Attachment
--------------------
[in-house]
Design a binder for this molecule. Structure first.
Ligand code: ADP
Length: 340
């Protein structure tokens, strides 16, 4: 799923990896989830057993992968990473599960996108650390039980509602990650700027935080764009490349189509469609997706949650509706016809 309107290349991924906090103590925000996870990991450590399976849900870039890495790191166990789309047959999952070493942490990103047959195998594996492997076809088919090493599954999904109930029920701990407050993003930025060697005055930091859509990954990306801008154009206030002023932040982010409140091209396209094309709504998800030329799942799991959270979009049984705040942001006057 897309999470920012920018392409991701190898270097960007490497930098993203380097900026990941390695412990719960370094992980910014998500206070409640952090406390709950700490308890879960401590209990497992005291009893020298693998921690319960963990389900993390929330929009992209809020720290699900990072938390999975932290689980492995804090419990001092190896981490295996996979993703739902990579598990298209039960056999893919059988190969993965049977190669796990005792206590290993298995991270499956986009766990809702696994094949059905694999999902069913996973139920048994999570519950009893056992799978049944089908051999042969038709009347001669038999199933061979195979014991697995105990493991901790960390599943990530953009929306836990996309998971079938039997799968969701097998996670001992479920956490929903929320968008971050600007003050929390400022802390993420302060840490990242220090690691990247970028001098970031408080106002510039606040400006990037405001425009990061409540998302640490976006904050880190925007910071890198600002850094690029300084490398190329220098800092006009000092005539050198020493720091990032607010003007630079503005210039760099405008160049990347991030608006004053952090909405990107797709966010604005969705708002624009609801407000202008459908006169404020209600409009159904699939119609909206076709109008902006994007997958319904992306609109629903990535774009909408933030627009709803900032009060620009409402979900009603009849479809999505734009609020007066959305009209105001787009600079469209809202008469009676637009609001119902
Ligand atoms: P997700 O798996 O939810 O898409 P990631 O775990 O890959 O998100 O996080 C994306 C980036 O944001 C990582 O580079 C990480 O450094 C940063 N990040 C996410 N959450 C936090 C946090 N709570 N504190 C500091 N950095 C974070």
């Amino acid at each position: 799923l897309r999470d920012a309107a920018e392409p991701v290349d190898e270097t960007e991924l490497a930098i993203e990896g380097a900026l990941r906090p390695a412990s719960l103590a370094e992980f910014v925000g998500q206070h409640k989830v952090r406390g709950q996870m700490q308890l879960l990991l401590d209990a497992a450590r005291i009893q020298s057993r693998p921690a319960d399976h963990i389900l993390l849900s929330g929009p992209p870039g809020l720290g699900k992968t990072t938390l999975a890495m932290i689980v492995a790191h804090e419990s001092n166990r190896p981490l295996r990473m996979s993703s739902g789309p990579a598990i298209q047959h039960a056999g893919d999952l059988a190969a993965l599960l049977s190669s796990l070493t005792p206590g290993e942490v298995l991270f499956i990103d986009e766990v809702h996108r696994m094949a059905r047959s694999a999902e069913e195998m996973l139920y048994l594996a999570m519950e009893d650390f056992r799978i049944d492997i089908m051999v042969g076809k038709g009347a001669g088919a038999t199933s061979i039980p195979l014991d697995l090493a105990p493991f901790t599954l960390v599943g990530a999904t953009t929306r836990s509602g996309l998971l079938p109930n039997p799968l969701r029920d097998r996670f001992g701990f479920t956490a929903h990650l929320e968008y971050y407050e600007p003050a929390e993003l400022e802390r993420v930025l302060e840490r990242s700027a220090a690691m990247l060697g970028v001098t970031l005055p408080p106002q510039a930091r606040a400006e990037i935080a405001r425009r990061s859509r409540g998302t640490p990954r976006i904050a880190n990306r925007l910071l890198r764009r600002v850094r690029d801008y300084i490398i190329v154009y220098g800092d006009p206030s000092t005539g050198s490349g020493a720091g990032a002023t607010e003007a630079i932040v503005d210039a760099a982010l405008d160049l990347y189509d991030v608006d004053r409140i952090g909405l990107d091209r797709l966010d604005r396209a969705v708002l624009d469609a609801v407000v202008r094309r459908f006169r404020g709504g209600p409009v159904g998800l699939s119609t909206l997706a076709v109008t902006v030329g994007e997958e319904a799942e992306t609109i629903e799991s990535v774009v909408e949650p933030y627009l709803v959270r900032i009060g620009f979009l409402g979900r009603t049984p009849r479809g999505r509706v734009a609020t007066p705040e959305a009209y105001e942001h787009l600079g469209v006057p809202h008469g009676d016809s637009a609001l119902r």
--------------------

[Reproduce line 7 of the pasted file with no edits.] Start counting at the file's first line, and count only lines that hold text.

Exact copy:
């Amino acid at each position: 799923l897309r999470d920012a309107a920018e392409p991701v290349d190898e270097t960007e991924l490497a930098i993203e990896g380097a900026l990941r906090p390695a412990s719960l103590a370094e992980f910014v925000g998500q206070h409640k989830v952090r406390g709950q996870m700490q308890l879960l990991l401590d209990a497992a450590r005291i009893q020298s057993r693998p921690a319960d399976h963990i389900l993390l849900s929330g929009p992209p870039g809020l720290g699900k992968t990072t938390l999975a890495m932290i689980v492995a790191h804090e419990s001092n166990r190896p981490l295996r990473m996979s993703s739902g789309p990579a598990i298209q047959h039960a056999g893919d999952l059988a190969a993965l599960l049977s190669s796990l070493t005792p206590g290993e942490v298995l991270f499956i990103d986009e766990v809702h996108r696994m094949a059905r047959s694999a999902e069913e195998m996973l139920y048994l594996a999570m519950e009893d650390f056992r799978i049944d492997i089908m051999v042969g076809k038709g009347a001669g088919a038999t199933s061979i039980p195979l014991d697995l090493a105990p493991f901790t599954l960390v599943g990530a999904t953009t929306r836990s509602g996309l998971l079938p109930n039997p799968l969701r029920d097998r996670f001992g701990f479920t956490a929903h990650l929320e968008y971050y407050e600007p003050a929390e993003l400022e802390r993420v930025l302060e840490r990242s700027a220090a690691m990247l060697g970028v001098t970031l005055p408080p106002q510039a930091r606040a400006e990037i935080a405001r425009r990061s859509r409540g998302t640490p990954r976006i904050a880190n990306r925007l910071l890198r764009r600002v850094r690029d801008y300084i490398i190329v154009y220098g800092d006009p206030s000092t005539g050198s490349g020493a720091g990032a002023t607010e003007a630079i932040v503005d210039a760099a982010l405008d160049l990347y189509d991030v608006d004053r409140i952090g909405l990107d091209r797709l966010d604005r396209a969705v708002l624009d469609a609801v407000v202008r094309r459908f006169r404020g709504g209600p409009v159904g998800l699939s119609t909206l997706a076709v109008t902006v030329g994007e997958e319904a799942e992306t609109i629903e799991s990535v774009v909408e949650p933030y627009l709803v959270r900032i009060g620009f979009l409402g979900r009603t049984p009849r479809g999505r509706v734009a609020t007066p705040e959305a009209y105001e942001h787009l600079g469209v006057p809202h008469g009676d016809s637009a609001l119902r």